First off, a word about your deductive process. Your deduction -- that char is converted to int, and therefore there is no addition operator defined on char -- is spot on, so good on you. But I note that the deduction process was unnecessary. You could have simply read section 7.7.4 of the specification, which clearly describes all the built-in addition operators. Briefly, they are int + int, uint + uint, long + long, ulong + ulong, float + float, double + double, decimal + decimal, enum-and-underlying type, delegate combination, string + string, string + object and object + string. (And of course, the lifted-to-nullable versions of those that involve value types.) So yes, there are no addition operators which take chars.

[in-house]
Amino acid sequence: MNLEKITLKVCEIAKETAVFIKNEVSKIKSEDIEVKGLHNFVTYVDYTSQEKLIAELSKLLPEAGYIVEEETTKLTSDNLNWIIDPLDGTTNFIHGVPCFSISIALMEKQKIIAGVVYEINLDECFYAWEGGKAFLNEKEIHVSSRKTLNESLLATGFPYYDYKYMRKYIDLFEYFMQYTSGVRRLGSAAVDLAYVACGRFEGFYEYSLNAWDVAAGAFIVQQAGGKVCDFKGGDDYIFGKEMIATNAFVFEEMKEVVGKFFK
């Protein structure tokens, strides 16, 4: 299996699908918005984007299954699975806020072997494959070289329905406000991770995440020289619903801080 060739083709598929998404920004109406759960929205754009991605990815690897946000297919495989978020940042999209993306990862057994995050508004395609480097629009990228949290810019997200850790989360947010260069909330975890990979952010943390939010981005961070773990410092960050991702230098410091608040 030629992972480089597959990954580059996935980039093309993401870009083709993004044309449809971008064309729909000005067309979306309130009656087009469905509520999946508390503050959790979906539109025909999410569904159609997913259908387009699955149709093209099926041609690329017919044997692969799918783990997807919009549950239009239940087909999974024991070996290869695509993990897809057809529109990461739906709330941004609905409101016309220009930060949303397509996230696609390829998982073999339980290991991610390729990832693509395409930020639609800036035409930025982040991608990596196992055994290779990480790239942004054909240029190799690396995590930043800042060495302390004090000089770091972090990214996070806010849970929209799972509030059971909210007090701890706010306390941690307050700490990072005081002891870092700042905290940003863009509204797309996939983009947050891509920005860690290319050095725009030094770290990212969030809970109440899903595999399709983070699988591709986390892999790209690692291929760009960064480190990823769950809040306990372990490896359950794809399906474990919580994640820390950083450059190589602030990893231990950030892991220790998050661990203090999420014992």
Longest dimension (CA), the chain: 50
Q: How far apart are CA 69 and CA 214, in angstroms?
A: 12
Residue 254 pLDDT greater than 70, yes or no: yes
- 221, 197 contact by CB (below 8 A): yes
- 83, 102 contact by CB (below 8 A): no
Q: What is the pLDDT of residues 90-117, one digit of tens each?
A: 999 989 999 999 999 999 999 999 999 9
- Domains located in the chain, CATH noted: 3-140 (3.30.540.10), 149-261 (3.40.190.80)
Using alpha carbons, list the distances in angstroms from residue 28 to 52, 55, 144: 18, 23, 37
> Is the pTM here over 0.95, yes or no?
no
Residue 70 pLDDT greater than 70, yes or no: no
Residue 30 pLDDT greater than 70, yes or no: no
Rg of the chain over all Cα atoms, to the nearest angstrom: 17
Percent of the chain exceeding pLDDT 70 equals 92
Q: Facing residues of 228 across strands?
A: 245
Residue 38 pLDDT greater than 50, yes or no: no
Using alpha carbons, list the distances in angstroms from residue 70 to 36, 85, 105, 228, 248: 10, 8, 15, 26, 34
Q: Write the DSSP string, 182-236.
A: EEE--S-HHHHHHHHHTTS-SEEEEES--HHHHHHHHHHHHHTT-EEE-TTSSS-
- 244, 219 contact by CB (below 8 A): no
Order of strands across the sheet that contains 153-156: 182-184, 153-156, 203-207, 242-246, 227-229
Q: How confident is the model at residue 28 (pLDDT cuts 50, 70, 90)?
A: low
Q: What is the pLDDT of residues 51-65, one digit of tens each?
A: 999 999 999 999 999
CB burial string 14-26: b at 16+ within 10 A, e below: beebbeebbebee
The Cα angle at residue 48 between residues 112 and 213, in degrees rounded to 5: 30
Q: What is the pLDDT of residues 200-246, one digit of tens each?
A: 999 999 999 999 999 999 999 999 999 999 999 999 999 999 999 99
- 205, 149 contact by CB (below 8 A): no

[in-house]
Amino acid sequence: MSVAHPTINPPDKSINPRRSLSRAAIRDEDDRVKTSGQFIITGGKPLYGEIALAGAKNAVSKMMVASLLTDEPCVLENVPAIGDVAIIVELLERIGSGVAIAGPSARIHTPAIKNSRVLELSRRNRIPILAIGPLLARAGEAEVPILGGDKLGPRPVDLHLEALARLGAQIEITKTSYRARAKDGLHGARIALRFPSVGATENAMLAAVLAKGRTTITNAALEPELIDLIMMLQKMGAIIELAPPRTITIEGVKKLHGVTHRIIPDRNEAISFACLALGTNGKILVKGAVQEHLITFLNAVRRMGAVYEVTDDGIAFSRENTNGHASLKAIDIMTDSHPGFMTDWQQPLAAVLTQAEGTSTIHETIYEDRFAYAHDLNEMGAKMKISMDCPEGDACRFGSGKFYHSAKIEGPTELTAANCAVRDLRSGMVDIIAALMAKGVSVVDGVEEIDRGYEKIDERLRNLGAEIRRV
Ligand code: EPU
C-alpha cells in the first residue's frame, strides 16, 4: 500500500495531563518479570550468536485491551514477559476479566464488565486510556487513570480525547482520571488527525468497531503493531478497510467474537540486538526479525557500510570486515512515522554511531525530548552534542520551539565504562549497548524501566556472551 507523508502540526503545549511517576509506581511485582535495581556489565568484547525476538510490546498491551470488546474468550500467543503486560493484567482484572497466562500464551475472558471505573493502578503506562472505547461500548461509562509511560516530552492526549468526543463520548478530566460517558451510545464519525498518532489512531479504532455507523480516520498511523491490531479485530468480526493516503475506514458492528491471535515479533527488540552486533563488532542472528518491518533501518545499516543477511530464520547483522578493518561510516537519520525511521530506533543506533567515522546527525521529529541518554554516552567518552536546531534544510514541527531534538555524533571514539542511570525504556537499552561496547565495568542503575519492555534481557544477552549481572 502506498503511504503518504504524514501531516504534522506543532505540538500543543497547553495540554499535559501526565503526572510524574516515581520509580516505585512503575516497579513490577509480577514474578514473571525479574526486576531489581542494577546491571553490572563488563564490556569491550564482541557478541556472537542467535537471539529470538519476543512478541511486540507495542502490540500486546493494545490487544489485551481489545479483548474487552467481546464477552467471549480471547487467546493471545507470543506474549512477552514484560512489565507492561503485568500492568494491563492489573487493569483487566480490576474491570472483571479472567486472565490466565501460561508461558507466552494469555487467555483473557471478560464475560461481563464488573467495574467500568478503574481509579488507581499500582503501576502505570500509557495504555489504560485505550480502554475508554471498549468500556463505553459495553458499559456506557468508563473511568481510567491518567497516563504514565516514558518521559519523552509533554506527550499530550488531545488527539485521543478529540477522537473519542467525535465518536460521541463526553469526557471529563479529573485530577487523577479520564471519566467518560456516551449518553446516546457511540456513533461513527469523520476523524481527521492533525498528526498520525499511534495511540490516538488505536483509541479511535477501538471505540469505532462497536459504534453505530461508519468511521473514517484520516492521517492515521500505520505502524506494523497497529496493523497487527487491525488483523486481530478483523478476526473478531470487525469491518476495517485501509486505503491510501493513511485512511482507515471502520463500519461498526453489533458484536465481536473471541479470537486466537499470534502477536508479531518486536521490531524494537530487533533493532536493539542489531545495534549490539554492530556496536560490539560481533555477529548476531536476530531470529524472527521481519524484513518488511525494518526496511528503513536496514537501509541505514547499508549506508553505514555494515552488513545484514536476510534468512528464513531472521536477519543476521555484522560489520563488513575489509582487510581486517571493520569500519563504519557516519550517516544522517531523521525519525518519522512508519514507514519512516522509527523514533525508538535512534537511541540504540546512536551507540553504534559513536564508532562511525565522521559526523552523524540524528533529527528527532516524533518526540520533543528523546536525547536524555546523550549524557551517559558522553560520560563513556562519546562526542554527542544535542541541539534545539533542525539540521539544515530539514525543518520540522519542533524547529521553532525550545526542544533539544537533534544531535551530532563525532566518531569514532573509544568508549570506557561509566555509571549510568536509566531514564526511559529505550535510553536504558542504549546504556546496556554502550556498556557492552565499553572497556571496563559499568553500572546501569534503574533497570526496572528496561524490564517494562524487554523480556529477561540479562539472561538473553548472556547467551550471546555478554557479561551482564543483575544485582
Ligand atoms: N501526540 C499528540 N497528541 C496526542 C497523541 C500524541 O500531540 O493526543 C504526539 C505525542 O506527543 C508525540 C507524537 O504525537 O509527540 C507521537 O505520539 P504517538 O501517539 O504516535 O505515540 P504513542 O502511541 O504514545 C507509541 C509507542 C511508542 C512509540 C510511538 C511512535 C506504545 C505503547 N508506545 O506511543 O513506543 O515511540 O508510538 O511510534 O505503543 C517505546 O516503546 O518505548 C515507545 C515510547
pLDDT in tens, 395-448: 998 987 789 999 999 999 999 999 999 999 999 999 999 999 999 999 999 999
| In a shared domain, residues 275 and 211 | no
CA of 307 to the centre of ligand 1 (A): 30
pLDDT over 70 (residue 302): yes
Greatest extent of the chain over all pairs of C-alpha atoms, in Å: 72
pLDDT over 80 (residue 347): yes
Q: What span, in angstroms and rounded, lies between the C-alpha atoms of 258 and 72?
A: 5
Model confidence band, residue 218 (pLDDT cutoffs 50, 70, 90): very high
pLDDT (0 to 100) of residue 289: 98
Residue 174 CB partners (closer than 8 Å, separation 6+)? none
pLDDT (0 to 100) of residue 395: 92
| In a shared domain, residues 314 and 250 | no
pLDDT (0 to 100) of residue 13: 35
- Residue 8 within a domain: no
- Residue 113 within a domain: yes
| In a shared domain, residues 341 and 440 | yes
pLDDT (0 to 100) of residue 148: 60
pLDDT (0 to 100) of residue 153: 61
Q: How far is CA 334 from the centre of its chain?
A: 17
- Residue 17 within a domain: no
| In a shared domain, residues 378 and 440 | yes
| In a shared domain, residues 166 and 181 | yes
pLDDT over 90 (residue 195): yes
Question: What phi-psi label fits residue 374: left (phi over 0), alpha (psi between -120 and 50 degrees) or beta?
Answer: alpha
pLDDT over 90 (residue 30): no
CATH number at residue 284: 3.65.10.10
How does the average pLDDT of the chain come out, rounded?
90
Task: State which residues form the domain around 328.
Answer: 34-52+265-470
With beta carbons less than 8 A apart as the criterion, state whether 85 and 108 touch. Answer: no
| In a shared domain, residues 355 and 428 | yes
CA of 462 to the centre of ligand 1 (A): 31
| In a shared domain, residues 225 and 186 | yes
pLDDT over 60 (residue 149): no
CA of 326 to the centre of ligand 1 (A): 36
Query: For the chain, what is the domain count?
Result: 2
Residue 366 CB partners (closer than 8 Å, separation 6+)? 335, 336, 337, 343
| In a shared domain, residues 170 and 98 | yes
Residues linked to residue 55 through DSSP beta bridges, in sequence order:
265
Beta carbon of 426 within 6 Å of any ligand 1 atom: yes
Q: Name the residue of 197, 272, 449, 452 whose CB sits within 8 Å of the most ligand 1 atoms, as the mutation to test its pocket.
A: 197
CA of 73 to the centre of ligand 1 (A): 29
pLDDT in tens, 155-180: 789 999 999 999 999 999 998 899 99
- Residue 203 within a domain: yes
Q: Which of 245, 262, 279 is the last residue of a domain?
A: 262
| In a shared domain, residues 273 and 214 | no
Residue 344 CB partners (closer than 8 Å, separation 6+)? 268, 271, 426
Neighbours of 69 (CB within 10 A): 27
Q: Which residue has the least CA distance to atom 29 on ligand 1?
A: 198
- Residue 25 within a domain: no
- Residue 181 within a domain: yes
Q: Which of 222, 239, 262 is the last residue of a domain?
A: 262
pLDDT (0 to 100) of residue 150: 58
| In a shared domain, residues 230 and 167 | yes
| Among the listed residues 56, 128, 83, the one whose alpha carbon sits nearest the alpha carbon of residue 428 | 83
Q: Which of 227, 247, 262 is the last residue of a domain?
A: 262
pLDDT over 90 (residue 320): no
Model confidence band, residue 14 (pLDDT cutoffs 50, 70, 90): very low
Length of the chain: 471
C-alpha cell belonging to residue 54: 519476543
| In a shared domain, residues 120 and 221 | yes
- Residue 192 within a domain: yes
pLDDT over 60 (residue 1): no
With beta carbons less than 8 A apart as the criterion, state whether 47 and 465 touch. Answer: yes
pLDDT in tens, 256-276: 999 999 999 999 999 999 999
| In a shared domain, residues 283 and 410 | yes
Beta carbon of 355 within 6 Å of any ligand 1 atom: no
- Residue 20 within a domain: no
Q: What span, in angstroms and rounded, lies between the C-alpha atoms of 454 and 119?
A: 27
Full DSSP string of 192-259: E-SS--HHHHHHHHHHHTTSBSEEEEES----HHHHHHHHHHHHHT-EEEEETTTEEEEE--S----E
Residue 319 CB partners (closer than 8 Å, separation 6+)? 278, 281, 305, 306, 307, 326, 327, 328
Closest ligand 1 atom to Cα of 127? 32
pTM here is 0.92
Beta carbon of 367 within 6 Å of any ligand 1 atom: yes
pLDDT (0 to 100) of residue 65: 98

Second, to answer your "why not?" -- chars are a bit weird. Their storage is that of short integers, but their semantics are those of the characters in a string. So should a char be treated as its integer form, or as a short string? The language designers decided in this case to follow the lead of earlier languages like C and treat chars like integers when doing mathematics on them that does not involve strings. If you want to treat them like short strings, there are any number of ways to convert chars to strings. Appending the empty string, as another answer suggests, unambiguously tells the compiler "this operation is on strings, not on the character's integer value".